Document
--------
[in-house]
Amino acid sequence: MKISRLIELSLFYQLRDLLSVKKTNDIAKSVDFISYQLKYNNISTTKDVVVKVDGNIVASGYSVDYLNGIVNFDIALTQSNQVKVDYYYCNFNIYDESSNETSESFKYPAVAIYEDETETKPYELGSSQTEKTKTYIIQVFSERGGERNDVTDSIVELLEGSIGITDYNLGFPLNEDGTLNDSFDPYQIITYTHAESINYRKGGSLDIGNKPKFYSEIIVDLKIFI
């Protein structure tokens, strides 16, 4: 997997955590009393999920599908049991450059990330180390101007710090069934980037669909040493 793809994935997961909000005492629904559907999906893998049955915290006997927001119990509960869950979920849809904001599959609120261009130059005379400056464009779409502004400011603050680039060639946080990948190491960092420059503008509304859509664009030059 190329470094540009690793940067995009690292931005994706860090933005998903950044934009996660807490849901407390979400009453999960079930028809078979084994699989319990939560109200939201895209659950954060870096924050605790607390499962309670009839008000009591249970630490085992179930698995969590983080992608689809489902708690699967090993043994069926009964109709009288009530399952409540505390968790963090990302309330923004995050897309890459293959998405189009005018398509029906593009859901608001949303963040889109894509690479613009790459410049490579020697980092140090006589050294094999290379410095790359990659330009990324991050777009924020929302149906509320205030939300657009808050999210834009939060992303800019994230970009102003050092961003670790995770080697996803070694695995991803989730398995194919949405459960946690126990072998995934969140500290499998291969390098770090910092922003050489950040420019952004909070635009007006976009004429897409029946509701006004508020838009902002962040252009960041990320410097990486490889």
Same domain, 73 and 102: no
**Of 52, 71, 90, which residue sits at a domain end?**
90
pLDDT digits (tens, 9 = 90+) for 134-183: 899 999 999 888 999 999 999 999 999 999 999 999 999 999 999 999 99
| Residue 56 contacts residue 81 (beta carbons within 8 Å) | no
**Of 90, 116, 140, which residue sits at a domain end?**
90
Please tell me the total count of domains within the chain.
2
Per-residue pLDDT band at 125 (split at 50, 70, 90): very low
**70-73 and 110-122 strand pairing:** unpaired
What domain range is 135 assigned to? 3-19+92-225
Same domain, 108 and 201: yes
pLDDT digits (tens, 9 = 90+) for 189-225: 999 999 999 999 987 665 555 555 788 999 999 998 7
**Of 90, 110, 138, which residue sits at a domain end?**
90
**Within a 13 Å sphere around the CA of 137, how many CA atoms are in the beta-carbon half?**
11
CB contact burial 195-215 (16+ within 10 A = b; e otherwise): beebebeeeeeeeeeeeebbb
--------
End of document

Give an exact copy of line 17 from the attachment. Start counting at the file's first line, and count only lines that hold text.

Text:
pLDDT digits (tens, 9 = 90+) for 189-225: 999 999 999 999 987 665 555 555 788 999 999 998 7